Friday, August 08, 2008
OK, my interventionist friends. Is Russia's bombing of Georgia important enough to warrant US intervention? Move the troops from Iraq and call up a hell of a lot more? Kick Putin's ass and let him know that war doesn't happen while on the USA's watch?
I say 'NO'. It isn't our problem. Our isolation from this area would be splendid.
I can't wait for statements from Obama, McCain, and Barr on this.
Thursday, August 07, 2008
Er, wait. I think it was McCain that torqued me off last time, so, it's still McCain.
Can you believe the depths some candidates will go to in order to 'salt the mine'? On McCain's website, the reader is urged to 'spread the word', as a spammer- using cut & paste talking points to load into blog comment sections.
Heh- he's even awarding points for successful spamming.
I can't stand McCain. With legislation bearing his name, he'll restrict the politcal speech of people who are forthright. For his campaign, the slimiest, lowest forms of signal jamming are a-ok.
(h/t Reason Hit & Run)
Tuesday, August 05, 2008
Some folks think the Republicans are full of nerve, asking Libertarians to withdraw from close races. I don't see it as a slap in the face, so much as an opportunity. From Foolocracy:
To no one’s surprise, except Hupp’s and whichever Republicans she conspired with, the Libertarians refused to drop from the race. It is surprising that she considers the Libertarian Party as a Republican lapdog to rollover as needed. Third party candidates rarely have expectations to win, but they do believe in elections as a forum. Hupp may do well to check out the differences in the two parties’ platforms next time.
One of the Libertarians said that while Hupp did not directly offer board seats on local commissions, it was left open as a possibility. Hupp denied anything of the sort.
Wes Benedict, head of the Libertarian Party for Texas, dismissed the Republican requests for Libertarians to drop out. “Republicans need to earn those votes,” Benedict said.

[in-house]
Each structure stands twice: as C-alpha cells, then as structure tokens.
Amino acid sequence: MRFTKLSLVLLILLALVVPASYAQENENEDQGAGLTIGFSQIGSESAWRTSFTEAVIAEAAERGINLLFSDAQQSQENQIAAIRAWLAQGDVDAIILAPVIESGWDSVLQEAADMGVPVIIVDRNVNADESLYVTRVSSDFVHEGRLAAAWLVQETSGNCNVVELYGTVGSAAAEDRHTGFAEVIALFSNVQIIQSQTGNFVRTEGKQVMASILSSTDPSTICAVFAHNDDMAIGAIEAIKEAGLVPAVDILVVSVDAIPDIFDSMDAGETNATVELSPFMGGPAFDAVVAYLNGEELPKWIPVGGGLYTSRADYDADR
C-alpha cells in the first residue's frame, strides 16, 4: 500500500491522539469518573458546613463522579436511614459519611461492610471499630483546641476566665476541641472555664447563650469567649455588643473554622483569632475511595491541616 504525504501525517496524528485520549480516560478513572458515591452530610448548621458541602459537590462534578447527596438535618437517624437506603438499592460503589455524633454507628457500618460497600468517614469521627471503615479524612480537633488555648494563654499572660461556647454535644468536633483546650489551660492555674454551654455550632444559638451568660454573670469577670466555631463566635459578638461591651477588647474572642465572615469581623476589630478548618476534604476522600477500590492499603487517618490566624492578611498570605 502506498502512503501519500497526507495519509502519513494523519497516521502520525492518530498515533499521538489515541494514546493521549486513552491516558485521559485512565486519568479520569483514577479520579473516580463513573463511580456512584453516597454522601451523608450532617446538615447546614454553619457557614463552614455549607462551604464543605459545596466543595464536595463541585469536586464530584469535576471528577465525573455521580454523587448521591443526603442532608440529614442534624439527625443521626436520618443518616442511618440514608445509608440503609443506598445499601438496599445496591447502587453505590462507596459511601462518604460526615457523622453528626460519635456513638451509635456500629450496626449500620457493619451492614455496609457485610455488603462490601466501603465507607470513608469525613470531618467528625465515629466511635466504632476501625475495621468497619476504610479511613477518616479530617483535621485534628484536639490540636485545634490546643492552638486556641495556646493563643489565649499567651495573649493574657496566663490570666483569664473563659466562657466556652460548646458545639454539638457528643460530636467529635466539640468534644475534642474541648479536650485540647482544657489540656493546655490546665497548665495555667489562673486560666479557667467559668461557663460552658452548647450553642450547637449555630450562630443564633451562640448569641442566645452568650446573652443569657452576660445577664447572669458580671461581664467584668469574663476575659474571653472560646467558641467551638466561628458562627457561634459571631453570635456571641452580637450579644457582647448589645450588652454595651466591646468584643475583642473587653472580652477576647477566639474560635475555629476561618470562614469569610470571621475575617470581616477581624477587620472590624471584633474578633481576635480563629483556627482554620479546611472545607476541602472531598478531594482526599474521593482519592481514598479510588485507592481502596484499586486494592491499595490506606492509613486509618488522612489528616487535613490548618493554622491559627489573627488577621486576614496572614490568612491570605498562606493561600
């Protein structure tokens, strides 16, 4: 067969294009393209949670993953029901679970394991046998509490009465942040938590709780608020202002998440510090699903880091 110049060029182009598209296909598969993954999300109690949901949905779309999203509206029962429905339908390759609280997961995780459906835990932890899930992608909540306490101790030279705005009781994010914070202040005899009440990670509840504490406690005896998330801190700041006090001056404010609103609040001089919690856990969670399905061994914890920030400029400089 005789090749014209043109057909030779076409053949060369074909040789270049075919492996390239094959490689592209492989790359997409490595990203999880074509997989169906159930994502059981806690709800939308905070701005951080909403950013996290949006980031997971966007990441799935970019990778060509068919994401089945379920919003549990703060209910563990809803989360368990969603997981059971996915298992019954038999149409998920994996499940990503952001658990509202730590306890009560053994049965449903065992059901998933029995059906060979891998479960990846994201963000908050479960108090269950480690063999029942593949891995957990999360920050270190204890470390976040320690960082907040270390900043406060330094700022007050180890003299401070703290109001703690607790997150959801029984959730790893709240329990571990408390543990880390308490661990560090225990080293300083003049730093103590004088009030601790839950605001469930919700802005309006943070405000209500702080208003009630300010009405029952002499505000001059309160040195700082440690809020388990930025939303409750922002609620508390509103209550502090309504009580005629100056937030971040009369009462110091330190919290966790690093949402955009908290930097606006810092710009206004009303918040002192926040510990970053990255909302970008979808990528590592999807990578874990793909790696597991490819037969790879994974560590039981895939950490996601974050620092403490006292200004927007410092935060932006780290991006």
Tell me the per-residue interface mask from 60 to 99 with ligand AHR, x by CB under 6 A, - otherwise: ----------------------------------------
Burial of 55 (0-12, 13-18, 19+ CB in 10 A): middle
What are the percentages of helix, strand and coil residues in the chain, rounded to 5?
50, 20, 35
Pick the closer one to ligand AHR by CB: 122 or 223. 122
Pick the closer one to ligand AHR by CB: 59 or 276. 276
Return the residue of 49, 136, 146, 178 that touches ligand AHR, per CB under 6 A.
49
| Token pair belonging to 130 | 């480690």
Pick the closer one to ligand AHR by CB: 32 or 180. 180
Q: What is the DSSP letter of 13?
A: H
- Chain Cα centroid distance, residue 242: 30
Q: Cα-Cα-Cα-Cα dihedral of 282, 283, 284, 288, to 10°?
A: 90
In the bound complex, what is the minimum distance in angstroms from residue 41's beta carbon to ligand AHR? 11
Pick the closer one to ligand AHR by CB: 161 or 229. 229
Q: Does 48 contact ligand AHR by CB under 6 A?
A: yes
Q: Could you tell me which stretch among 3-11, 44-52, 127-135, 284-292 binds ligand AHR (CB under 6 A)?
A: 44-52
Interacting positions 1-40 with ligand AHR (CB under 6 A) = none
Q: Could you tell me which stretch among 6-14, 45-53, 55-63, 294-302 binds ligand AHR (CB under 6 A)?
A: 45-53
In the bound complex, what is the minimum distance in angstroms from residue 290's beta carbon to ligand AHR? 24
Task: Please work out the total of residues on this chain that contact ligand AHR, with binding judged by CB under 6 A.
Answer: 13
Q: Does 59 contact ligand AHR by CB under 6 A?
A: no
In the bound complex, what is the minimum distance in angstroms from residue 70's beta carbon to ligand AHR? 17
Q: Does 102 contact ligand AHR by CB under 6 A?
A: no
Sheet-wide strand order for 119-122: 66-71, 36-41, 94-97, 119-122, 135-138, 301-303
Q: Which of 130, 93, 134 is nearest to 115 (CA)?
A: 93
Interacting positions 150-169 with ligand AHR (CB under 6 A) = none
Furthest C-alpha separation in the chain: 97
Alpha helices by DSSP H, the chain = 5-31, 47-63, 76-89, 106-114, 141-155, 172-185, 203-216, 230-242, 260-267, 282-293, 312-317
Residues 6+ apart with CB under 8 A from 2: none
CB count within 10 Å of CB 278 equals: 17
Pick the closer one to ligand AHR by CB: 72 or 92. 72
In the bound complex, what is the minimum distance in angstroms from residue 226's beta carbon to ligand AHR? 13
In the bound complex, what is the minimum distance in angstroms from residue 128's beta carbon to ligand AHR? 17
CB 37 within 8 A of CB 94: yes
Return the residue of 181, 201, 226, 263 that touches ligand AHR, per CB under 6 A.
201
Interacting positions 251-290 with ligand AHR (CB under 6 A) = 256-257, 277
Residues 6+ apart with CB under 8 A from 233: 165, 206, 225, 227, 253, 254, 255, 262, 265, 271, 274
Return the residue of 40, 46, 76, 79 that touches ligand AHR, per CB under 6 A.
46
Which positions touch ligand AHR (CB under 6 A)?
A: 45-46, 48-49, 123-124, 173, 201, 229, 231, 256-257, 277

If I were the Texas LP state chair, I'd make a deal: We'll drop out of these three races, AFTER, the Republican Party drops its candidates out of up to six races that are two-party contests, Libertarian vs Republican, at the same level: state house. No appointments. No swapping state office for county office. Straight up. Electoral contests for electoral contests. But since they're asking and I'm in the driver's seat, my price is high. As a state chair, I'd take six sure electoral wins.
Elections are indeed great forums for discussing ideals, but hardly the best thing going. Nothing beats elected office as a forum for implementing the ideals, which is what really matters.
Monday, August 04, 2008
When the budget gets tight at the Kole house, the vacation budget is eliminated. It's a 100% budget cut, until such time as we can afford it. We eat out 75% less. Entertainment is little more than a trip to the library. New clothing purchases are halted. Etc. In sum, the cuts are pretty harsh.
Elected officials are therefore hilarious in comparison. They whine and moan about 3% or 4% budget cuts. Boo-friggin'-hoo!
Here's an interesting bit from Cato's David Boaz:
Time to stop spending, eh? That would be most people’s response to an unprecedented deficit. And they do mention “irresponsible spending” later in the piece. But somehow, it appears that the governors thought that was a good lead for an article in the Washington Post demanding more federal spending to subsidize state governments.